This post by Brian Krebs at The Washington Post says that two companies -- Trusteer and ING -- claim to have come up with a way to ensure the security of mobile banking even if the customer's machine itself is compromised. The reasonable first reaction to that claim is that the companies involved should take a lower profile.
The technology may or may not work as advertised. The point is that the attitude taken by the companies, at least in the way in which it is presented by Krebs, seems to be throwing out the type of challenge that crackers and malware distributors love.
The technology is said to encapsulate data within devices by controlling and securing the application programming interfaces (APIs). Trusteer, an Israeli company, has a good pedigree: The main investor is a co-founder of Check Point Software and now CEO of Imperva. The CEO is Imperva's other co-founder.
Hopefully, the boastful positioning is justified. This week, according to Network World, Symantec said that Adobe's Flash player was under attack and that "tens of thousands" of Web pages could be conduits for password-logging and botnet programs. The piece says Symantec now believes the flaw is close to one that already has been patched, but that the Linux version of Flash Player 9.0.124 is vulnerable. The company's researchers will no doubt get to the bottom of the flaw. The bottom line is, however, that this is yet another example of how motivated criminals are to install keystroke loggers and similar software.
As we discussed earlier this week, the security of bank and financial institution transactions is problematic. Of course, this is a huge target for hackers and crackers and, just as naturally, folks who use computing devices to do their business aren't as careful as they should be.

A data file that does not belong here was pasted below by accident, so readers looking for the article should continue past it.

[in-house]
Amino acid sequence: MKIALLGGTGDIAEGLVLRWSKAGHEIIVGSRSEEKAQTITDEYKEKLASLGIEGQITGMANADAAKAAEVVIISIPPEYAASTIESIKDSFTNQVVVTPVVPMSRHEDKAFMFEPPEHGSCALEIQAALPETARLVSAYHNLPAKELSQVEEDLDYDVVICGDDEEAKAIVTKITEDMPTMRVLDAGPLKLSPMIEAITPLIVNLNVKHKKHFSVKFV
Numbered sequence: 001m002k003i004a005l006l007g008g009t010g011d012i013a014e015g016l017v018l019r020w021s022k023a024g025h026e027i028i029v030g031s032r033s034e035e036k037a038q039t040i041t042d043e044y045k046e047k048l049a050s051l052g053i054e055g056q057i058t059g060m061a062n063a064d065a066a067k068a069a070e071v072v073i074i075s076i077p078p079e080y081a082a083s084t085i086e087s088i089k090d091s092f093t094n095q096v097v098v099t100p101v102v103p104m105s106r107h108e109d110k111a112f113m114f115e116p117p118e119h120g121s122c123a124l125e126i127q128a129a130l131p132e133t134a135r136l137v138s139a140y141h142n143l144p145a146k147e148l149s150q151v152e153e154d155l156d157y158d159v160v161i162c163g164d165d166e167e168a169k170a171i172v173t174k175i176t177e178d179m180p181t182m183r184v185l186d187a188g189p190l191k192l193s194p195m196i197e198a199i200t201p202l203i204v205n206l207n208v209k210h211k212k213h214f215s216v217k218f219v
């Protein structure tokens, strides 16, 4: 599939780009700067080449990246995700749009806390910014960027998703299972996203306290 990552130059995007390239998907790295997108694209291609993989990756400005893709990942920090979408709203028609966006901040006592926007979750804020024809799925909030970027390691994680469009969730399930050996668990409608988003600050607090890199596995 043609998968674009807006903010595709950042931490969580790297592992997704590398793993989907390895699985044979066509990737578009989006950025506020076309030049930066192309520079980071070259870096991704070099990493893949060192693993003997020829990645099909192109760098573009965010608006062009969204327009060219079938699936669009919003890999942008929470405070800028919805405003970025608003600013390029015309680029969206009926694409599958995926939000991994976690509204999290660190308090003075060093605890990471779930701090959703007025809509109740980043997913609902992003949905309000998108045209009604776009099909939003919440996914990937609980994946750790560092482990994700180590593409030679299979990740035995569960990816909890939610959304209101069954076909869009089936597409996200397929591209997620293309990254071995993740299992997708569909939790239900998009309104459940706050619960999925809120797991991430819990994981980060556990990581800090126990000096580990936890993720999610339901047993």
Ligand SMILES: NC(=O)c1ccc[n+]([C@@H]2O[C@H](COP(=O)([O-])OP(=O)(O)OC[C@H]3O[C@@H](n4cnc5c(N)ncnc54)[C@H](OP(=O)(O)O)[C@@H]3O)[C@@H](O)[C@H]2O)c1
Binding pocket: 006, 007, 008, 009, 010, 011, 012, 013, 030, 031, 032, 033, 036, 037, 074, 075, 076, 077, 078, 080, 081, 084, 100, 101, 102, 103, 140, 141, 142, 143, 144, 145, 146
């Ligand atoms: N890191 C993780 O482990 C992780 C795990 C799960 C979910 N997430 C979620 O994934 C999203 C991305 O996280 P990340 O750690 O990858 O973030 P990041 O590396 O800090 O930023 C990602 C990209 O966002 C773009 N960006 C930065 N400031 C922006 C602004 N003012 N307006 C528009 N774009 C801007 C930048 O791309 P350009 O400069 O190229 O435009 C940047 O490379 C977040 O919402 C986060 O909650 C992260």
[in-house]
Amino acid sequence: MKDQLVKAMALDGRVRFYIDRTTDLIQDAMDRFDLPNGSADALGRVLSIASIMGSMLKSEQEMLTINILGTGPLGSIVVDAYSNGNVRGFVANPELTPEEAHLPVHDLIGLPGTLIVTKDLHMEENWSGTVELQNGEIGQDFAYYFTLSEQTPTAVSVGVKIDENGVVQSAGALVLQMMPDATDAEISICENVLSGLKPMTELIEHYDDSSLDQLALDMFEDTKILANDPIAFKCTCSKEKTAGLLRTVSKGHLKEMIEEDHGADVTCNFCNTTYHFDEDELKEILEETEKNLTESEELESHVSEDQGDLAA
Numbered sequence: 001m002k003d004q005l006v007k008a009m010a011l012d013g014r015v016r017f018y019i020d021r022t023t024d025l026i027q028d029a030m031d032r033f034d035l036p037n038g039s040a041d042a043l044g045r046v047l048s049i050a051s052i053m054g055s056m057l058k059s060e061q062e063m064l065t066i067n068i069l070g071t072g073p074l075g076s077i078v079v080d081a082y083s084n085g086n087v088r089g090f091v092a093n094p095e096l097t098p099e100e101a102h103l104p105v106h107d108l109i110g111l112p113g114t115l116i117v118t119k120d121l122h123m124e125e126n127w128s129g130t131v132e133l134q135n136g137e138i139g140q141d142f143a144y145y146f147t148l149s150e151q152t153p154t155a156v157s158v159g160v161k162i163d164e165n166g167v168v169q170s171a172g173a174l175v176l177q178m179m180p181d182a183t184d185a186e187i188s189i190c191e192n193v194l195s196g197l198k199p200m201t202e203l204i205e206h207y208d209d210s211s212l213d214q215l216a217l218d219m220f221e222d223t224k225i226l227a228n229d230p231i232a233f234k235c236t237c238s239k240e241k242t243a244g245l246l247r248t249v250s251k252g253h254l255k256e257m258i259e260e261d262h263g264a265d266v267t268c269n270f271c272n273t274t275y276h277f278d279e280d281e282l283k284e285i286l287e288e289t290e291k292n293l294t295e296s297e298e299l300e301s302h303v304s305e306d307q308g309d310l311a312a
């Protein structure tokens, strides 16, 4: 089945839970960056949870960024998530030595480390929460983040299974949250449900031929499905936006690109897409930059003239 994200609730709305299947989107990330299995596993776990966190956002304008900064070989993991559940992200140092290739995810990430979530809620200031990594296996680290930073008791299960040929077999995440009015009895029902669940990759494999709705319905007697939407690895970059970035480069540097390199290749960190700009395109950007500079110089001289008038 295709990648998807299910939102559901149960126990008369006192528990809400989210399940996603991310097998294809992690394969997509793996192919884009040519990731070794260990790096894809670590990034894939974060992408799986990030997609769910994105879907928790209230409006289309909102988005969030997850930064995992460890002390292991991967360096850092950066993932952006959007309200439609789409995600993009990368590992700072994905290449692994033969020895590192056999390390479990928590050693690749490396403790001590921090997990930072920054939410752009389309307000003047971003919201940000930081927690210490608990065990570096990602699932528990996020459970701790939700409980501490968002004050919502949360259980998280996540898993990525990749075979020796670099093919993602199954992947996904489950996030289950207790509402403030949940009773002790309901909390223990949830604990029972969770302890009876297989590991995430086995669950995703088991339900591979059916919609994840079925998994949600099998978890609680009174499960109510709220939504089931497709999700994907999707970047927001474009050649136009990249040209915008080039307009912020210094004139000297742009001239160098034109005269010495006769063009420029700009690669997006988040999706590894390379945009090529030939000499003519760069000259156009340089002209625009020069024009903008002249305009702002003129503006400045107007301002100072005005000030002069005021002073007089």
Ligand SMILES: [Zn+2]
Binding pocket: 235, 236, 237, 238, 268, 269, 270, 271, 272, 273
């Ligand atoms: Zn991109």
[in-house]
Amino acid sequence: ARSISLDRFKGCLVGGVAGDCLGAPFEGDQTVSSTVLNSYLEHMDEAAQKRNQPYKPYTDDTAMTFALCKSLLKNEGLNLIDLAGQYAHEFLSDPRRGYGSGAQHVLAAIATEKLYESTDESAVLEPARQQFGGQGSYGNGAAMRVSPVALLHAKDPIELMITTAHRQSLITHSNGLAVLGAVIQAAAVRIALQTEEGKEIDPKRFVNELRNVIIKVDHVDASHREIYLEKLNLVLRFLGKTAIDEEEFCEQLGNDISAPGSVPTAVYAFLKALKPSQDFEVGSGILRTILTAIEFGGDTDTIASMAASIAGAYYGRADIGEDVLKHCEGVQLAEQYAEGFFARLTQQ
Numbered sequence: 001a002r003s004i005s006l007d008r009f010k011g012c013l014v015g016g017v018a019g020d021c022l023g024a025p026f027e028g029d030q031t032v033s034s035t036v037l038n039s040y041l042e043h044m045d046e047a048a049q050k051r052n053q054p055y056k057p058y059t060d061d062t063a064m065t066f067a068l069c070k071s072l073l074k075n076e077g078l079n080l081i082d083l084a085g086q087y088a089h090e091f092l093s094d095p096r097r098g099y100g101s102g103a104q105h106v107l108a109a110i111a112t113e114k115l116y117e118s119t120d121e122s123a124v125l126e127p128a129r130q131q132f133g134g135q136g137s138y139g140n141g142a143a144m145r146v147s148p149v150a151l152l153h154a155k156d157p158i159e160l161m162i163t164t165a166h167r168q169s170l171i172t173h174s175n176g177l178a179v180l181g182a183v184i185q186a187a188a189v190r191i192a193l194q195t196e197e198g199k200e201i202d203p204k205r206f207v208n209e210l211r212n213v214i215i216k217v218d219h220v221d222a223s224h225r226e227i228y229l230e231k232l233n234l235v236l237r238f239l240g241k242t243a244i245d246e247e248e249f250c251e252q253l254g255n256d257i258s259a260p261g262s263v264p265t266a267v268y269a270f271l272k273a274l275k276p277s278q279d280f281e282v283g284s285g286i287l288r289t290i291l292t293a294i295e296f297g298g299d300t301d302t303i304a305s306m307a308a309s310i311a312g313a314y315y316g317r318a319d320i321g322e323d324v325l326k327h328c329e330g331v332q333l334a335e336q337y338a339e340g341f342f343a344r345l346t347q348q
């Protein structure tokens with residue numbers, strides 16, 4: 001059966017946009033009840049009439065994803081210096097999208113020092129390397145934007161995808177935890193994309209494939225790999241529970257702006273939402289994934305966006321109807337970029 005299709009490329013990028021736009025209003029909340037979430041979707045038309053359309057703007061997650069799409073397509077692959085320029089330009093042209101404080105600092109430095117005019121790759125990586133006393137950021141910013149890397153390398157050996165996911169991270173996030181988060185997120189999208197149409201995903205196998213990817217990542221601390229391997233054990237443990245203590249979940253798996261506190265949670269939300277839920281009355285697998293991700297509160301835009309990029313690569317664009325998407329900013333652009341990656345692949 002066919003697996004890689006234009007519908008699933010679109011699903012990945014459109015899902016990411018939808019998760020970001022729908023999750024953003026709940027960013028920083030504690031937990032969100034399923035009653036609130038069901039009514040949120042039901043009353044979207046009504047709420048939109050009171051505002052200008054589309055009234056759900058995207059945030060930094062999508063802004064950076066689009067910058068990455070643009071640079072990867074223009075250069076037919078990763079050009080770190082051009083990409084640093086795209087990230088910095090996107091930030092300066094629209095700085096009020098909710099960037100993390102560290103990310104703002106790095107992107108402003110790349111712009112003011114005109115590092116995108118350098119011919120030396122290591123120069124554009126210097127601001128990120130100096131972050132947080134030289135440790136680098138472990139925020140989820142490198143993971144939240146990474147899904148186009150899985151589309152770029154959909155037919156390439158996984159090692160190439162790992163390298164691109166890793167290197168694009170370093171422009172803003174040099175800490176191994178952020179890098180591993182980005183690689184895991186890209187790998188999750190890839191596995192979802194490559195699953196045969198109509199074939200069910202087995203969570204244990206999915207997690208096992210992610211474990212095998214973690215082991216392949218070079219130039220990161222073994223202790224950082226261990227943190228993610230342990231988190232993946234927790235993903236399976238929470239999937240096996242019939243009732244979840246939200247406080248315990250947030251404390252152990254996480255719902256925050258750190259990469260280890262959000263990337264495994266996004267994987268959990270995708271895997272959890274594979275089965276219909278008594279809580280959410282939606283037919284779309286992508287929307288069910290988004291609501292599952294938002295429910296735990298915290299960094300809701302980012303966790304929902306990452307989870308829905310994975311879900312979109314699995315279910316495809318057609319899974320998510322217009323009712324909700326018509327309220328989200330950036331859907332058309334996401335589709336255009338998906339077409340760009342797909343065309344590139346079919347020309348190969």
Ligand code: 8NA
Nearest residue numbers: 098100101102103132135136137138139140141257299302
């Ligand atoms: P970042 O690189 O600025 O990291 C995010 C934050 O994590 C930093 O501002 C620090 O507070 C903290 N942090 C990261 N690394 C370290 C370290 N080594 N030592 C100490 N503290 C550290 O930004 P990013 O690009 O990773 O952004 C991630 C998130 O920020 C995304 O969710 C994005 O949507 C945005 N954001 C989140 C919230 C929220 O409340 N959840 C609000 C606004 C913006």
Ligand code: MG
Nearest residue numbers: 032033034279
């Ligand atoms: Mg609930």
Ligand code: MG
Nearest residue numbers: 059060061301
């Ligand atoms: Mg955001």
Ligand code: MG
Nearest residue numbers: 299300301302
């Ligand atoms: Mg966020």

Keystroke loggers or keyloggers are one of the main avenues by which the bad folks rip off financial institutions and create other mayhem. As this Billso post points out, it is simple for a keylogger, once installed, to collect passwords and other salient information.
The writer offers two innovations that potentially meet the challenge. One approach is virtual keyboards, which use the mouse to choose the desired character. The piece provides a link to free virtual keyboard software from Neo. The other approach is an application that deduces the rhythm of a legitimate user's typing to determine if somebody trying to get into the system really is that individual. The story, which points to a system from BioPassword, positions this most naturally as part of a multifactor authentication approach.
This piece goes into far greater depth about keystroke loggers. The writer says that there are three types of keystroke loggers. Hardware keystroke loggers actually are installed between the keyboard and the PC. Another type monitors an API called SetWindowsHookExe and reports the identities of pressed keys. And kernel/driver keystroke loggers reside in the kernel and accept data directly from the keyboard. The first suggestion on how to combat these malevolent efforts is to bypass Internet Explorer.
This blog entry describes keystroke loggers and says that fighting them starts with good antivirus, anti-spyware and firewalls. The most valuable -- and fun -- part of the post is a recipe for safely using passwords. In notepad, the user should type random letters "like a chimpanzee on crack" for about two minutes. Once the chaos ends, drag characters forming the password to the beginning or end of the mass of characters. Whenever the password is needed, open the file and click on this saved version.
Hopefully, ING and Trusteer have solved all keylogging problems. Until that's proven to be true, however, the best idea is to use common sense -- and hope that the two companies keep a bit quieter.